have an advantago whirh is not en-
1 yrd by thosa belonging: to more pre
ivntious inHtitiitloim, in being enabled
to become honorary mum herd of all
tbe othfr c:nbn, and to inus erjoj
thoir nrivl'.egBB equally wilh theirown
Associated vtith this union are two of
the largest c'ut's in exis'eni e the
Itorongti of Hackney Club atxl the
United Rsdioti Olub, also of Hack'
ney. Thee clubs number respectively
1700 and H'lO members, and may sprve
aa an txcHioot example lor work'
ingtnen promoters of similar ineti
tntions to aim at. They contain
billiard and bagatelle tahlrs, card
and smoke rooms, fine reading rooms
well etocked with all the uttly and
weekly newspapers and migazlues
combined with acitcu'a iug library of
over 2000 volumes. The large halls
of the cluhs are used for almost
nightly entertainments. Dramatic
and miiBiral performances, political
and social lectuiea and scicntitio ad
dresses form the programmes, and
each evening the meetings ara at
tended not only by tbe memhers, but
tiv their wives, accompumsd on cer
tain suitab'e cucasioim by even their
children, for those entertainments
no charge is made, and more pleasant
pastimes could not be devised. The
question arises, How 1b all thiske
up? The revenues are deiived pai
iiotn subscriptions, partly from the
sale of refreshments. The su!s;rlp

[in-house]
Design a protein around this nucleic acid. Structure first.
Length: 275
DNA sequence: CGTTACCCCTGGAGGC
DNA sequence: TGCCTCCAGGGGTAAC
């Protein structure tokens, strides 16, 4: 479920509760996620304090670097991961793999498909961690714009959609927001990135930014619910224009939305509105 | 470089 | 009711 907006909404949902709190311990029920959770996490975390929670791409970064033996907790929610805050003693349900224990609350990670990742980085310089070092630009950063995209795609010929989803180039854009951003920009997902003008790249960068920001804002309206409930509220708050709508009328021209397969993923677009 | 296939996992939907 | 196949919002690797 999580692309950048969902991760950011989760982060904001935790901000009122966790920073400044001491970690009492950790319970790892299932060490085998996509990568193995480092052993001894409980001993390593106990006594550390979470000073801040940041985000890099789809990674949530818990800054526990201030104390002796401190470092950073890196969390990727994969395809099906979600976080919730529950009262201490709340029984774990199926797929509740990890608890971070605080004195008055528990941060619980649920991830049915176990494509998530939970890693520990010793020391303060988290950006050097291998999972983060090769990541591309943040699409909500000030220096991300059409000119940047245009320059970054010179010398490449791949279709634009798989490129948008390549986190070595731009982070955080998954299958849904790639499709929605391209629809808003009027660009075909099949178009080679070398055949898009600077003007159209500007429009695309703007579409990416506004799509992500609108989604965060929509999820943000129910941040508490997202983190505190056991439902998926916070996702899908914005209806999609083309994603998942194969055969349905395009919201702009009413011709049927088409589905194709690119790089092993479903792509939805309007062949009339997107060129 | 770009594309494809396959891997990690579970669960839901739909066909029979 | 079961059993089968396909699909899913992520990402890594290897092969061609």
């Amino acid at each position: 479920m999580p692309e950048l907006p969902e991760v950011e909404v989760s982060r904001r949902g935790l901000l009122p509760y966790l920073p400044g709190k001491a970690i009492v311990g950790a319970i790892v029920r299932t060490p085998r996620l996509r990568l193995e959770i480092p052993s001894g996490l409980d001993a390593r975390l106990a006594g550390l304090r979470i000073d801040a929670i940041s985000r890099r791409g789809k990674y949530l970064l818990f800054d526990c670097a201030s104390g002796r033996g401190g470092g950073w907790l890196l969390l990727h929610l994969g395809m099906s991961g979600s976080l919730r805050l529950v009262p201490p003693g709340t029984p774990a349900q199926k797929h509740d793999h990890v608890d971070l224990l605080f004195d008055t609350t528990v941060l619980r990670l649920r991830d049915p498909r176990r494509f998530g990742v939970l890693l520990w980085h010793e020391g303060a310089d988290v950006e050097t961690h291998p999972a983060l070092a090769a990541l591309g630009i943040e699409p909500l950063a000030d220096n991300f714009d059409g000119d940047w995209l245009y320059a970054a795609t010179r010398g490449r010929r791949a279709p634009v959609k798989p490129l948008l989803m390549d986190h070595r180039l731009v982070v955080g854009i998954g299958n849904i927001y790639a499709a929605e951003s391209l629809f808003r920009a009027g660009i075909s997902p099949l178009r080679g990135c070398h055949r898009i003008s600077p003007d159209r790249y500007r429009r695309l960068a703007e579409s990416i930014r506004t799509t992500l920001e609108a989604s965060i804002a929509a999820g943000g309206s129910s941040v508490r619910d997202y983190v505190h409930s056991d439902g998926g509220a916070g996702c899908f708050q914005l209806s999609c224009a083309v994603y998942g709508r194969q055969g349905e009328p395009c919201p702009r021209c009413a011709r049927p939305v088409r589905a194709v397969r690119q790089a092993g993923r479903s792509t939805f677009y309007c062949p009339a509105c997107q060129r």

tions vary from 0d to Is each member
per month a very low figure; but the
income is considerably augmented by
the sale of refreshments. These are
served at low prices, ofen from 25 to
40 percent, below the charges at the
puolio bou!o, and the members have
alao tbe liquors snppneti in tne conui
tion they are nceived from the
brewer or distiller. In these large
clubs tho receipts from the refresh
meet I ars and supper tables amount
to from 3000 to 0000 a yea-, on
which a giotts profit, even at the lower
prices (charged, is marie of about 30
iitr c. nt. Tnere ran bs no doubt,
joilying from all this, that wo: king
men's cubs have grat future before
them, and that they will continue to
incieS9 in number and iutltienre.
The advai t'gis ars ro many and the
dieadvantegeg to few, aa compared
with the evils only too frequently ris
ing fr m men meeting in public
hoiiars, that one wonders that our
aniens have not been more alive to
tbe r worth. I lis true that we have
tiMf.r J a great deal about bogus clubs
of lute, but that matter would not bs
a difficult one to dispose of. Those
who objected most etrongly to work
men's clubs hitherto have been tbe
cccurai.U and owners of licensed
house?. No one who is not animated
by f:ars for vested interests or by
c'asfl prejudices can raite Ida voice
seainat their growth, affording as
there, clubs do such meats of sub
stantial tnj.mnent, and couftrritg
such d' e'lled benefits on tt.oie whose
w.iy of life leavis opp'iitunities for
vtry int o social imercoursa othor-
(Jut ef ImHKlnnilve Urals
t uirtifto xt i.orirrh.
LricihViLi.u, Ky, November 2.1.
The utory pn'riivt ed hn l pent oni as a
pt cinl l orn (Jli i go tl a' when Tresi-ijn-Arhr.r
cune from Waldnitt n
. to o. en t' o S. u htm Eximtetion in
this cl 7 a tcheuj6 v. as la.d by which,
In the event of his nomination bv the
R-pnblicans, and that ol Mr. Cleve
land by tha Democrats the vote f tbe
a .IM Cnnl V. Mna i Ka naaf tar Mf. Ar
thur, ia DronnuDCf d a work of linaul-
na'ion lor the entertairmnt rt Chi
cago reporters. The Courirr-Journal
eajs: Tbe facts are that Louviile re
ceived and enterteioed Peeeid nt Ar
thur wi h becoming hospitibty, and
during Lis short ttay nobody wis so